Originally from Pwllheli on the Llŷn Peninsula, Gwenllian Ellis currently lives in Kilburn, London. She published her popular first book Sgen I’m Syniad: Snogs, Secs, Sens in September 2022 with Y Lolfa. Part memoir, part social commentary, the collection follows the life of the author as she deals with the trials and tribulations of growing up and navigating her way through the world. The book has gained equal amounts of praise and notoriety for its open and frank exploration of growing up, diet culture, social media sex, dating, female friendships and what it means to be a young woman in the 21st century.
Previously she had a column in Welsh language women’s magazine, Cara, in which she wrote about her personal experiences of modern dating. Since 2017, she has also worked with online platform, Hansh, and Cwmni Fran Wen theatre company as a freelance creative consultant and writer. Her play, In Luna, won second prize in the National Eisteddfod’s Drama Medal competition in 2018.
Louise Mumford was born and still lives in South Wales and had a previous career as a secondary school teacher. Her debut book, Sleepless, a “frighteningly inventive” speculative thriller inspired by her own experience of insomnia, was published by HQ in December 2020. It has reached the overall Top 50 UK Kindle Chart and was the Karin Slaughter July 2021 Killer Read in UK Asda stores nationwide. It has been recently published in Canada. Her latest thriller, The Safe House, was released in May 2022 and her next book The Hotel, out in June 2023, is set on the coast of West Wales. She is co-chair of Crime Cymru, a co-operative of crime fiction writers with a connection to Wales and she is part of the team who brought Wales’ first international crime fiction festival, Gŵyl Crime Cymru Festival, to Aberystwyth in April 2023, with sponsors and partners including the Welsh Government, Literature Wales and Waterstones. She can be found on Twitter @Louise_Mumford or at her website www.louisemumfordauthor.com.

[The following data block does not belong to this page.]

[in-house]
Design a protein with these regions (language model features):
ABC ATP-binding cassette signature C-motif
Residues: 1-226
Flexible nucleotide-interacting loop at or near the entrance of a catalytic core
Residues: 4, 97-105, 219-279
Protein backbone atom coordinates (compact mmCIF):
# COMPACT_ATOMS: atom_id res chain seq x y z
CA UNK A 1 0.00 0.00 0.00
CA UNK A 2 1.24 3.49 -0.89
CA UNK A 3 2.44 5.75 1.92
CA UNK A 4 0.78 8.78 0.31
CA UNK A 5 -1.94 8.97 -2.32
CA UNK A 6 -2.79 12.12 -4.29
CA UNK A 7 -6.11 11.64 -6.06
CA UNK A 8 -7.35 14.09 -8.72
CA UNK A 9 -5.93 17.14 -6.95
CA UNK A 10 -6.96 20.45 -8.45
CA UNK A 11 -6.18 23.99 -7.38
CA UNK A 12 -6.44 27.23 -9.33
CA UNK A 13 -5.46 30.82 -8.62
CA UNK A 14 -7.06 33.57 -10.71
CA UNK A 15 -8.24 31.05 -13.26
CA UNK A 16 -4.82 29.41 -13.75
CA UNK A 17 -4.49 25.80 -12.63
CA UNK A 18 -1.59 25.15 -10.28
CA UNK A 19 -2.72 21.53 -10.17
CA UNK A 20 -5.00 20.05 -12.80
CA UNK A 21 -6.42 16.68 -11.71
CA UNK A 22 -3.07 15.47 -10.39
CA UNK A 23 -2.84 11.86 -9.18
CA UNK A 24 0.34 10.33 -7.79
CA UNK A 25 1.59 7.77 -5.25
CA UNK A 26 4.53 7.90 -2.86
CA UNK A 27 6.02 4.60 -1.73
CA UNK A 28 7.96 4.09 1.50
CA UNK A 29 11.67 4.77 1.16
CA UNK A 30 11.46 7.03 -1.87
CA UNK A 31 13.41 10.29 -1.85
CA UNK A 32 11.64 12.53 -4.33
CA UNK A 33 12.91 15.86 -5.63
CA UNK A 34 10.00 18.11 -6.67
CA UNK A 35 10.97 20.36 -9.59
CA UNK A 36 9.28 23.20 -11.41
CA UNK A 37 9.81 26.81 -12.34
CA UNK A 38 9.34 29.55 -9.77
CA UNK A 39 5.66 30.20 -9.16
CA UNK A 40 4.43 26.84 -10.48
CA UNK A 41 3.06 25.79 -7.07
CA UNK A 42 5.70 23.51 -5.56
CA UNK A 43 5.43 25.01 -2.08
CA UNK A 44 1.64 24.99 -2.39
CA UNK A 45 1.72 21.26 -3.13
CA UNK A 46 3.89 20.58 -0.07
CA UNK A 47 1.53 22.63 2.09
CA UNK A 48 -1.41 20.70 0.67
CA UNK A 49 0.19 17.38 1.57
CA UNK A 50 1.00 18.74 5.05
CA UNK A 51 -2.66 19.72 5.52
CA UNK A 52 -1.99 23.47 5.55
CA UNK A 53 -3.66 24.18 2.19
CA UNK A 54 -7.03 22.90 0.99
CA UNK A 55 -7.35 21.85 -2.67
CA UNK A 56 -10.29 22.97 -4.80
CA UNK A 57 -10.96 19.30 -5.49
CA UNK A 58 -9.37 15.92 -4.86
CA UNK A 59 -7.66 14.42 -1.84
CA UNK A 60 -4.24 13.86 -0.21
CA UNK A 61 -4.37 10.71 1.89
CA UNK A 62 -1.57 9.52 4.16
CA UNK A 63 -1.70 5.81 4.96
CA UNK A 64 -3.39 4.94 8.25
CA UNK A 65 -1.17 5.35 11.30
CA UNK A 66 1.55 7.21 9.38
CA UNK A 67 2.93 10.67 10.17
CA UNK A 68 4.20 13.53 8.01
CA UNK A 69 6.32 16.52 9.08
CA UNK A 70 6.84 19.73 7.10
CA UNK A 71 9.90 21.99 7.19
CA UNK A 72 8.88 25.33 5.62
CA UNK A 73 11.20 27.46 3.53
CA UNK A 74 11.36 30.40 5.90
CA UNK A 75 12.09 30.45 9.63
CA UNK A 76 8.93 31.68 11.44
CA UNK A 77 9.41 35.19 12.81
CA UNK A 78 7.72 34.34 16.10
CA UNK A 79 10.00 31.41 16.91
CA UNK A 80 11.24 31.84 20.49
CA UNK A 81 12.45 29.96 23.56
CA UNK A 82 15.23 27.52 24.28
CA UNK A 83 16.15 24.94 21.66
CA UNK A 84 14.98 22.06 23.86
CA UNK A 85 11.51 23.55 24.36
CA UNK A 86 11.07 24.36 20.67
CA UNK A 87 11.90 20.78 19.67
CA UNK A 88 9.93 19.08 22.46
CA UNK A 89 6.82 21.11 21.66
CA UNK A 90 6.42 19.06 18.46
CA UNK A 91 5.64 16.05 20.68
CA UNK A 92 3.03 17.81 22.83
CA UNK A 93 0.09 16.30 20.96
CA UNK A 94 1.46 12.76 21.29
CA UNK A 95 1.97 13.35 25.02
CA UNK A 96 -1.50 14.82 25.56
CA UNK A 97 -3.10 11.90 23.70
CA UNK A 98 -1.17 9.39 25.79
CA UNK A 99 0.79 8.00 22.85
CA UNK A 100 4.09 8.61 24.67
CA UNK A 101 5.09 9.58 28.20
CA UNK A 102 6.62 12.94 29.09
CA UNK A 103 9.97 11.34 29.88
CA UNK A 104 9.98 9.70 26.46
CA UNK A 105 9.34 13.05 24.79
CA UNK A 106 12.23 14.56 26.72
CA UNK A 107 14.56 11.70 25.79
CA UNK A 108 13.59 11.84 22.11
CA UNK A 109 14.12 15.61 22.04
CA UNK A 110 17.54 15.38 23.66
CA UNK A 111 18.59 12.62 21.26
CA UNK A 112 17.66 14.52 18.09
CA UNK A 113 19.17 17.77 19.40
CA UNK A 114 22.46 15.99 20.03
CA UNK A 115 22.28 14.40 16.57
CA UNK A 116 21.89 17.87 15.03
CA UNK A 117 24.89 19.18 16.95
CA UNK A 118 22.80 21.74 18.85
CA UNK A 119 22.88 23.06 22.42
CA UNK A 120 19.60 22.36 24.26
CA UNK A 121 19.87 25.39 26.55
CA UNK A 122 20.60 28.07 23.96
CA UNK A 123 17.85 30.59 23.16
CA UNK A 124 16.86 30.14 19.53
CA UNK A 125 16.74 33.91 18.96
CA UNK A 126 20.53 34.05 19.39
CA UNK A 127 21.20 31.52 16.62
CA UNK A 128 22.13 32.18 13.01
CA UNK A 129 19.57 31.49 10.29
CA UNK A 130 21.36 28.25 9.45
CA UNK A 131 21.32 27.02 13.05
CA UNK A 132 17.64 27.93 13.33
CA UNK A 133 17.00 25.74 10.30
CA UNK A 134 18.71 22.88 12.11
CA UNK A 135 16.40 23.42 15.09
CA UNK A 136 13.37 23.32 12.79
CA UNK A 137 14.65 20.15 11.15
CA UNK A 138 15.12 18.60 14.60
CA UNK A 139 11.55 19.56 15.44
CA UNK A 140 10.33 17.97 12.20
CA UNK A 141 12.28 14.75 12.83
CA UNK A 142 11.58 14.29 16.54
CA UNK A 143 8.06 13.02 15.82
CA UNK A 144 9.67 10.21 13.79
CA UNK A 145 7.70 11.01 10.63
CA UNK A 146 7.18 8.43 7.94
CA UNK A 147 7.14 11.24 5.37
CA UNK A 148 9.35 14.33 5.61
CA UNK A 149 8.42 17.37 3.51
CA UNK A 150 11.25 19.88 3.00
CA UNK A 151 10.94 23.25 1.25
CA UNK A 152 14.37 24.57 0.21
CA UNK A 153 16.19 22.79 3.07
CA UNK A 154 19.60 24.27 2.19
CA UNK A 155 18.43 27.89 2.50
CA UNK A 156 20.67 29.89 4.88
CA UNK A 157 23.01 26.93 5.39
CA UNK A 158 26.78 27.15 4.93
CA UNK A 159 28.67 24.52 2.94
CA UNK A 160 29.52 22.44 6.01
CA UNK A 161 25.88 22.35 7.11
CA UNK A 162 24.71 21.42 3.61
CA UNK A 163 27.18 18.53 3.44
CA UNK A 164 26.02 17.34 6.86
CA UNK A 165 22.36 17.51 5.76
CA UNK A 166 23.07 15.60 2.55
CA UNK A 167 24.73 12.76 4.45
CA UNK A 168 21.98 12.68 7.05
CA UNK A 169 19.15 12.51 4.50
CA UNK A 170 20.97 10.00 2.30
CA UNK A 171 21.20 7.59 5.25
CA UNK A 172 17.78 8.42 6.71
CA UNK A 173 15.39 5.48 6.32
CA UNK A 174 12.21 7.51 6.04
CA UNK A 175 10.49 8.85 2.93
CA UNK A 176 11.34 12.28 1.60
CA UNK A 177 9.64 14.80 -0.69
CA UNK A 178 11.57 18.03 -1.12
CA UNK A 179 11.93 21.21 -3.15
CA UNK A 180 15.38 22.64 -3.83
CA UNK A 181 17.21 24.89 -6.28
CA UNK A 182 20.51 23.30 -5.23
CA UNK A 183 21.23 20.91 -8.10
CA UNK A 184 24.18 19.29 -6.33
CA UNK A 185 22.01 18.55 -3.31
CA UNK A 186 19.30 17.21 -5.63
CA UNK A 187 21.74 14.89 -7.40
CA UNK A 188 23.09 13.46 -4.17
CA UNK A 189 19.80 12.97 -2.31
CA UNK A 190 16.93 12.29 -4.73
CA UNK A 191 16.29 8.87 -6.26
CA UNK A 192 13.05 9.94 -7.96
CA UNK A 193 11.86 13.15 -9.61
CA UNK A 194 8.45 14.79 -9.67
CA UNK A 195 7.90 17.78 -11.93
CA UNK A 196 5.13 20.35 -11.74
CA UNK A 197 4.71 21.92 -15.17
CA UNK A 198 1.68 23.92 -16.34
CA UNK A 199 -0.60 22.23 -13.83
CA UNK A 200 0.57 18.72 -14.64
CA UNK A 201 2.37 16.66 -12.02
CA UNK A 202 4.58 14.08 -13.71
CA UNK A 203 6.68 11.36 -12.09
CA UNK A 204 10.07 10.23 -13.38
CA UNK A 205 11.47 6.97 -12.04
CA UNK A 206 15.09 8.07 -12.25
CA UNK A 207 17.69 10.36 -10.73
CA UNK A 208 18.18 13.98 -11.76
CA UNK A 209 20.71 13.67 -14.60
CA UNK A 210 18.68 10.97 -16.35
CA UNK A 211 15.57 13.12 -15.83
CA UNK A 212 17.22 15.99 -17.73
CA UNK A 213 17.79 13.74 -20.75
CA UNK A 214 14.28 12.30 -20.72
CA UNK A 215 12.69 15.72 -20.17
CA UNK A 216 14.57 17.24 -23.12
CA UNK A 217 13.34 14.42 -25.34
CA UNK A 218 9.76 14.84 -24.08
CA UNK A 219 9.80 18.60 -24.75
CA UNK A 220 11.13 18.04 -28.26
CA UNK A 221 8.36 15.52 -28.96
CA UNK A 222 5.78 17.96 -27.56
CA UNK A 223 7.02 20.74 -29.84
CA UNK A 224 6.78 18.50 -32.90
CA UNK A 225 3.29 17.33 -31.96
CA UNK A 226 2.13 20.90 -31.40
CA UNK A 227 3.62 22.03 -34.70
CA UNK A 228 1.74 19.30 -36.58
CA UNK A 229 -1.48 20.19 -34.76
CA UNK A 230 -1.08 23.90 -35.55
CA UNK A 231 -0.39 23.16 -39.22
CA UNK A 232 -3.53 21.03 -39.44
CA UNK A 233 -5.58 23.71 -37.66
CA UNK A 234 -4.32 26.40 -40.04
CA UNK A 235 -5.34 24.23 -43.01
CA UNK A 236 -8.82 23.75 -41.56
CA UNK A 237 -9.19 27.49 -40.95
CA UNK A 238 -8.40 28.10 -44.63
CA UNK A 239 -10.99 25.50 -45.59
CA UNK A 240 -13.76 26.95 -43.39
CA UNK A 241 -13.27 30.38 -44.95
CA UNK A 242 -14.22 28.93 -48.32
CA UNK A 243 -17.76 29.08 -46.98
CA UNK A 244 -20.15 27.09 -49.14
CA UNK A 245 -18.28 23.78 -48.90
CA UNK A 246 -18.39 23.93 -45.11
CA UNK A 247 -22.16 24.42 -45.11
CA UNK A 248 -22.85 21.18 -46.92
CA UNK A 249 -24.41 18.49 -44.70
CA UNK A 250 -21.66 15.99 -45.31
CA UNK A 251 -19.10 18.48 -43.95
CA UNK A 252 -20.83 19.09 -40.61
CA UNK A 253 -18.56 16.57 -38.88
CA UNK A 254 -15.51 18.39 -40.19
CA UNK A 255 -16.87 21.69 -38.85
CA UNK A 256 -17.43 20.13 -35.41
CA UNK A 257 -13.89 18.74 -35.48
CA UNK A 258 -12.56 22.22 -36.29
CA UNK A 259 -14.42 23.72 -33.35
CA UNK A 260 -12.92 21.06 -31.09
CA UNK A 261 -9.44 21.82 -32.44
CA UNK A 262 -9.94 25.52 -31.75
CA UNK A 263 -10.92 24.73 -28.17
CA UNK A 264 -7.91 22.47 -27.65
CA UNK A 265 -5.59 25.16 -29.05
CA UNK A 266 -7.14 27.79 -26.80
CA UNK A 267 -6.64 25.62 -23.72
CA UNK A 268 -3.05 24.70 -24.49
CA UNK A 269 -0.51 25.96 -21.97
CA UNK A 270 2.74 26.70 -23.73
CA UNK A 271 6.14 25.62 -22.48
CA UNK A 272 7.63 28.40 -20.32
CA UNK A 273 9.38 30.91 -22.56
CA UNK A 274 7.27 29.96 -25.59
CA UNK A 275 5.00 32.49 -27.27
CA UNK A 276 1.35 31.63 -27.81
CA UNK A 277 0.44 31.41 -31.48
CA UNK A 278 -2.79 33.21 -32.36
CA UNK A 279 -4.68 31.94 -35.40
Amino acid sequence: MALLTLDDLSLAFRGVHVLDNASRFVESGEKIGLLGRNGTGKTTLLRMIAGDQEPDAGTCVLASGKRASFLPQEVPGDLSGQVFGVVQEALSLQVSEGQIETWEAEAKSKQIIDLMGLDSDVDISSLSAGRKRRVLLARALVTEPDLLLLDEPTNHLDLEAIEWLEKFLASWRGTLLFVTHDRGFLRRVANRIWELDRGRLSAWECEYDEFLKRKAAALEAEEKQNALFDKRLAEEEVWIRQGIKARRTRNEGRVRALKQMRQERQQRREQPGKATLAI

Taz Rahman’s first poetry collection is out in February 2024 from Seren Books. He was shortlisted for the 2022 Aesthetica Creative Writing Prize and has been published in Poetry Wales, Bad Lilies, South Bank Poetry, Anthropocene, Honest Ulsterman, Planet, Barddas, Abridged Magazine, Propel and in various anthologies. He is in the editorial team for the climate emergency literary magazine Modron and also serves as the committee chair of Poetry Wales. He founded Wales’ first Youtube poetry channel Just Another Poet in 2019 to increase visibility of Welsh poets.
Francesca Reece is a writer from North Wales. Her debut novel, Voyeur, was published by Tinder Press in 2021, and has been translated into German and Polish. She was the 2019 recipient of the Desperate Literature Prize, and has had work featured in The London Magazine, Banshee and Elle UK. After several years spent living in Paris, she is currently based in London, where she is working on her second novel, out next year.
Anthony Shapland grew up in Bargoed in the Rhymney Valley. His work, as a writer, artist and filmmaker, blends documentary and fiction, building on his sense that the world is constructed in the same way as a film set – constantly evolving and temporary. His childhood was a time of massive upheaval and change. In parallel, coming out as gay was complex in a world that was only just shifting its moral and legal attitudes, making blending-in a survival strategy. Alongside writing and exhibiting, he is co-founder of g39, an artist-led space in Cardiff, where he works. He was part of the Representing Wales 2022 cohort on a support programme run by Literature Wales with mentoring support from Cynan Jones. Prior to that he took part in a short fiction course with Curtis Brown Creative, and a month-long programme with Moniack Mohr. In 2022 he was shortlisted for the Rhys Davies award for his short story, Foolscap, available in the anthology Cree, published by Parthian. He is currently working on a creative non-fiction essay with Inclusive Journalism and Seren, to be published in the anthology Cymru & I this year and is working on a short-form novella.